3 AdWords Metrics That Actually Matter

Oct 02nd 2015

3 AdWords Metrics That Actually Matter

A quick overview of often-overlooked data superstars

For any AdWords newbie or expert, the data tells a story. The flexible Google advertising platform is absolutely packed full of different metrics, some of which are more important than others. In reality, the only metric that really matters is Return on Ad Spend – how are your marketing efforts bringing in real value, and are they doing so at an acceptable  cost?

That said, we can only support and build on our ROAS by optimizing and improving on metrics that we deem important to whatever business we are managing. In the process, there are some AdWords metrics that go overlooked. While many digital advertisers are scrambling over each other for improved conversions click-through-rates and  quality scores, these brave–albeit slightly more obscure–metrics bring value and substantial intel to any digital marketer.


Search Lost Impression Share (Rank/Budget)

 – Search Lost IS (rank): The percentage of time that your ads weren’t shown on the Search Network due to poor Ad Rank in the auction. Note: Lost IS (rank) won’t be shown on your Ad groups tab if you ran out of budget at any point during the date range being examined.

 – Search Lost IS (budget): The percentage of time that your ads weren’t shown on the Search Network due to insufficient budget. This data is available at the campaign level only.

The first metric example is actually two, but don’t tell anybody that; odd numbers make more compelling blog titles. Search Lost Impression Share (Rank/Budget) is so critical because it tells you the why behind the what of search impression share. Regular search impression share is an excellent gauge of your AdWords strategy and ceiling, but is too vague to act on with certainty when you want your ads to show more often for more people.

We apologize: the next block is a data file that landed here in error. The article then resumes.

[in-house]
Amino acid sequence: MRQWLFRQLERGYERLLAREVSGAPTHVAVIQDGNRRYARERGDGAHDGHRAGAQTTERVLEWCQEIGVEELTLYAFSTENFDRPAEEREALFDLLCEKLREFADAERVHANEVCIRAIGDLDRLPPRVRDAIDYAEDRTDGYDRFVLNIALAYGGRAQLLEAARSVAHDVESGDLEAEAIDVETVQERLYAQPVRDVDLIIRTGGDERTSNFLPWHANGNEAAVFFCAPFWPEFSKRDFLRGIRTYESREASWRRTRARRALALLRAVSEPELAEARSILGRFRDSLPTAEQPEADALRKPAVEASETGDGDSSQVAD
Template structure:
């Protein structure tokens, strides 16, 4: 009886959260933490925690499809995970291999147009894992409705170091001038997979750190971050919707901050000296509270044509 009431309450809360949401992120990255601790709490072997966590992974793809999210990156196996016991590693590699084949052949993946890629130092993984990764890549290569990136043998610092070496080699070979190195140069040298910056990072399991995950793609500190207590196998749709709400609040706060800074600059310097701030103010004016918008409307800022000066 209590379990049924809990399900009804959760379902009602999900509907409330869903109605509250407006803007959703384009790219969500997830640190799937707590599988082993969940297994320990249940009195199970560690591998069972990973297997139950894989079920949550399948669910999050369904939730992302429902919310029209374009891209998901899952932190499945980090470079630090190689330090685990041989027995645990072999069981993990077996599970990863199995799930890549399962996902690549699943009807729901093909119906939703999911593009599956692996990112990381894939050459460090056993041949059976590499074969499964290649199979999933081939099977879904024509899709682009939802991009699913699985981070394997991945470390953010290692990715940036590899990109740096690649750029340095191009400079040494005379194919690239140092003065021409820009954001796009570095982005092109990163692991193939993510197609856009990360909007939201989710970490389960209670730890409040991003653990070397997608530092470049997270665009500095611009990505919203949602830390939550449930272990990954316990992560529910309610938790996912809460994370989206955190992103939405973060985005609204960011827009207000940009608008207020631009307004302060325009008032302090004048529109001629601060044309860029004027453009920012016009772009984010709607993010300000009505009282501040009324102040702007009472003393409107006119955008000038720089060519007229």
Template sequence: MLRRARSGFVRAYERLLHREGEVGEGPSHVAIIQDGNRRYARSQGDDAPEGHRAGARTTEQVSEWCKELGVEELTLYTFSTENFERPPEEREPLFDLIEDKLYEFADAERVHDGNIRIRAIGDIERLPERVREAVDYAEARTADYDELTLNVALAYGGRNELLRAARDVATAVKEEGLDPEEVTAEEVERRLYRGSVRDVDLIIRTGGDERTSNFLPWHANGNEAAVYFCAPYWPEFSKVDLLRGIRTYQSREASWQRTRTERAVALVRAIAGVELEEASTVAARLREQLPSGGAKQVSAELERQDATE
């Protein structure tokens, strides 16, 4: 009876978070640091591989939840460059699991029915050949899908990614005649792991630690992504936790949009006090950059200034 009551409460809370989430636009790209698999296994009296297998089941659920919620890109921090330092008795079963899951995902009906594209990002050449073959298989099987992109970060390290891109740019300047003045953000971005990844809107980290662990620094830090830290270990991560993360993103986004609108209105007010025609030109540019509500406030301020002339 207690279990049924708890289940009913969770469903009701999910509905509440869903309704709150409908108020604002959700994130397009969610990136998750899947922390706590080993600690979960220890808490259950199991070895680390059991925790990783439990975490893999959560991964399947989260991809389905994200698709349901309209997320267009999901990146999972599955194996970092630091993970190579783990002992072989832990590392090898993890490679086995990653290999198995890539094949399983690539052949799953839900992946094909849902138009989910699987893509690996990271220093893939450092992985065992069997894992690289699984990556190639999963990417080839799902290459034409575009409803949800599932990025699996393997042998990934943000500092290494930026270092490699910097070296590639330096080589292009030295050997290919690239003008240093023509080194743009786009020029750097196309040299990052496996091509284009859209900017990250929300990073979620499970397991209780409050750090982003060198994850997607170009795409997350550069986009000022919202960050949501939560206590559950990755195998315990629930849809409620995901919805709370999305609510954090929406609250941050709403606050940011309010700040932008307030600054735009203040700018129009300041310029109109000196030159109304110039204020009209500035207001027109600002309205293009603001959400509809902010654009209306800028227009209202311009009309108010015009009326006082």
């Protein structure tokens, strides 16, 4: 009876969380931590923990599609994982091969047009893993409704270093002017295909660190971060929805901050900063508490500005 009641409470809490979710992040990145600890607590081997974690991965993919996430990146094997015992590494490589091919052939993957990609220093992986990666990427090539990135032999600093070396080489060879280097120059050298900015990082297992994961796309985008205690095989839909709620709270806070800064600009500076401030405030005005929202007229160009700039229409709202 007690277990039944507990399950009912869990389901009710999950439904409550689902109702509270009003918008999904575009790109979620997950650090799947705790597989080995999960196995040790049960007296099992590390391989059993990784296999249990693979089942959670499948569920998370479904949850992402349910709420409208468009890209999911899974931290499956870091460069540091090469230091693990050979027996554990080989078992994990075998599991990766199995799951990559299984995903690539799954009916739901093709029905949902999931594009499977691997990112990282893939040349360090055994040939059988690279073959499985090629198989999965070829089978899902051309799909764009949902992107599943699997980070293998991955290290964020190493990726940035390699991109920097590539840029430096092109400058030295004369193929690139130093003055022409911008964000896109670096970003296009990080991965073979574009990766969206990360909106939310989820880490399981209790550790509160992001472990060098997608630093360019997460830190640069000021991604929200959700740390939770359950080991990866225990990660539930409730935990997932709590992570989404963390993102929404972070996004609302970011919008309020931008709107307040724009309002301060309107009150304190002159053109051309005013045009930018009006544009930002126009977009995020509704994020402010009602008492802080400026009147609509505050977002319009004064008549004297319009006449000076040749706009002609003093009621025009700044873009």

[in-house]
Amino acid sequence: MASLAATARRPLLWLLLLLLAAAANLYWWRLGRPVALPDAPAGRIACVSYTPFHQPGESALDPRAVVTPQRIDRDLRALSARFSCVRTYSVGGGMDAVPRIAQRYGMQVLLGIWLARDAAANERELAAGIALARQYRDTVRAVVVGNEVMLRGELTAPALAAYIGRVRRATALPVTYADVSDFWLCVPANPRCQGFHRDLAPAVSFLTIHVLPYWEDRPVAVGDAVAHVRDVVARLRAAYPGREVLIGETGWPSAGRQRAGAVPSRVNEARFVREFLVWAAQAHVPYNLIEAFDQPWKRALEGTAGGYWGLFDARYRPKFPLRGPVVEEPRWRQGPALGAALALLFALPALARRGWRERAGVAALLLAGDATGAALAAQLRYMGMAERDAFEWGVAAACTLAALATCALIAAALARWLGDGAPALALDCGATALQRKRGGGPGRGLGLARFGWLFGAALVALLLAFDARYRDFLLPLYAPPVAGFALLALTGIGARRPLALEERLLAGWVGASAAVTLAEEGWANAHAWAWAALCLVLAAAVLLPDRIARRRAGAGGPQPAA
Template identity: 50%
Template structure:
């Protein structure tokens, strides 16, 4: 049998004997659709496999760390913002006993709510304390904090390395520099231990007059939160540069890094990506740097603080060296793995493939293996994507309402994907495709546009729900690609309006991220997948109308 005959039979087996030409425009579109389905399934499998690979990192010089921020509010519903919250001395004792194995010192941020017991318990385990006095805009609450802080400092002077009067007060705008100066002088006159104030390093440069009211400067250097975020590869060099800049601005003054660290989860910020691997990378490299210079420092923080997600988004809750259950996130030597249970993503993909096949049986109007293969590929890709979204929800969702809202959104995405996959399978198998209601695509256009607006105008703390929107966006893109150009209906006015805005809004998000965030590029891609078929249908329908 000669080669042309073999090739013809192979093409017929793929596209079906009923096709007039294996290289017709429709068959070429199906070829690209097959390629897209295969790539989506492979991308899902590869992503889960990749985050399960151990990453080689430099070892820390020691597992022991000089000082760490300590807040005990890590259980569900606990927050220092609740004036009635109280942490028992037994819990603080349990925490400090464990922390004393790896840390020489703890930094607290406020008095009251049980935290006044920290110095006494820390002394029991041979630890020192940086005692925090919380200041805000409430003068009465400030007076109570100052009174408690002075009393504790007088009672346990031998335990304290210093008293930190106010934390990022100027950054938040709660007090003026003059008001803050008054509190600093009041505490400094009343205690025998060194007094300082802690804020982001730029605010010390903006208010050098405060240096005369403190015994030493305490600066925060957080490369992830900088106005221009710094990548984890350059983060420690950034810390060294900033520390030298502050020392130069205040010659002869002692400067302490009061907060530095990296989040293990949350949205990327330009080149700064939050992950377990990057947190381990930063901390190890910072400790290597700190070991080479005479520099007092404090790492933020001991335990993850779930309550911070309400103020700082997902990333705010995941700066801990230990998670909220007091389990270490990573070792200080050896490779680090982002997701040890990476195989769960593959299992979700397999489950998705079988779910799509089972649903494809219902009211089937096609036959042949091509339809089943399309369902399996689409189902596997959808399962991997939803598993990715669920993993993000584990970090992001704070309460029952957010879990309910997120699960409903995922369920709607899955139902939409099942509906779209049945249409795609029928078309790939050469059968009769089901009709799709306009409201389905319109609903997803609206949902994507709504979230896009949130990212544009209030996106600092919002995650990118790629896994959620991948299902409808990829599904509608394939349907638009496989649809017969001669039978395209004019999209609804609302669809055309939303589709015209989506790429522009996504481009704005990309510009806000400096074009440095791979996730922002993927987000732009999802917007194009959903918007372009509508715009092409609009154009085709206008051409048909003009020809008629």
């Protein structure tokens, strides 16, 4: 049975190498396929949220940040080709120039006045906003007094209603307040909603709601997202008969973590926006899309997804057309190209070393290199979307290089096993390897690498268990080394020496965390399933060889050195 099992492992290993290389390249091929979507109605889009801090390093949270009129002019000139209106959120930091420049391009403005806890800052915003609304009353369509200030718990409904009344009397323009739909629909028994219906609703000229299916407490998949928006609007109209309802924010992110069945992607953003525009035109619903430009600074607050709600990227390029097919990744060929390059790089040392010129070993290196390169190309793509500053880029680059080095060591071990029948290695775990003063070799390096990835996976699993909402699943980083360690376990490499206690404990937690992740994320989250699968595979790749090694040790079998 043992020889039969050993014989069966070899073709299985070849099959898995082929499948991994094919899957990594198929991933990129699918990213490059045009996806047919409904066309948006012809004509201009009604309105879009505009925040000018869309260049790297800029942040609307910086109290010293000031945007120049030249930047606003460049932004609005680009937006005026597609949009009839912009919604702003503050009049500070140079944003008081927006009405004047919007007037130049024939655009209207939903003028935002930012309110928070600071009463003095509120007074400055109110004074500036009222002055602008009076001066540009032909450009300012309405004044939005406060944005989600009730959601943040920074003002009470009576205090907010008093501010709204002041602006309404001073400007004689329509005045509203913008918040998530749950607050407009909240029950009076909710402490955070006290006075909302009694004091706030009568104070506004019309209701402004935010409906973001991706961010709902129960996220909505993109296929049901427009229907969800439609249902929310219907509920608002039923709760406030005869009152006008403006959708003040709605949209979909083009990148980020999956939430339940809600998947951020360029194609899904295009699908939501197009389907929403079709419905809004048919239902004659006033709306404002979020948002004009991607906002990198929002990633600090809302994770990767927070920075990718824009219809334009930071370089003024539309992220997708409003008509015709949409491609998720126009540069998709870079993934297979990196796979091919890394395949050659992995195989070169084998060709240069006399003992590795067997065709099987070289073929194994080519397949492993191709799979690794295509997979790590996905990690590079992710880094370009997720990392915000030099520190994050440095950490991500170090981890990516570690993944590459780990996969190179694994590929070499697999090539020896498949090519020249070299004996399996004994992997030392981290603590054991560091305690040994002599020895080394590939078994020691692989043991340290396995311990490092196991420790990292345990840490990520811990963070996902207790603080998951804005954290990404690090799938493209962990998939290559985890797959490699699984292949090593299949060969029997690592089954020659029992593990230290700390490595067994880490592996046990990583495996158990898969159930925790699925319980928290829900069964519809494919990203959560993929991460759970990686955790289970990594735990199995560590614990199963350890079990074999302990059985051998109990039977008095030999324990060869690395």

Search Lost IS (Budget)
shows you exactly how much potential business you miss out on when a campaign runs out of budget. This doesn’t necessarily mean you should just arbitrarily raise the budget. It could mean that by culling the least effective keywords or ad groups from your campaign, you can leave more budget for your top performers to shine at your current spend level. This metric also gives you a gauge to track future expansion opportunities, making sure that you’re aware of how your campaigns perform at their current spend and how much room you have to grow.

If Search Lost IS (Budget) is your campaign’s cleaver, then Search Lost IS (Rank) is the scalpel. As long as your spending is in order and you didn’t run out of budget during the date range being tracked, Search Lost IS (Rank) is a powerful tool to further quantify Ad Rank in your account. This metric shows you how many times your ads didn’t show due to auction ranking. Improving your quality scores (better landing pages, more relevant ads, etc.) or simply increasing your bids are ways that you can improve on this metric. It is essentially a wake-up-call for low performance accounts that are hemorrhaging spend and not getting favorable auction outcomes, or for high performing all-star accounts that lose their competitive advantage due to stingy bidding.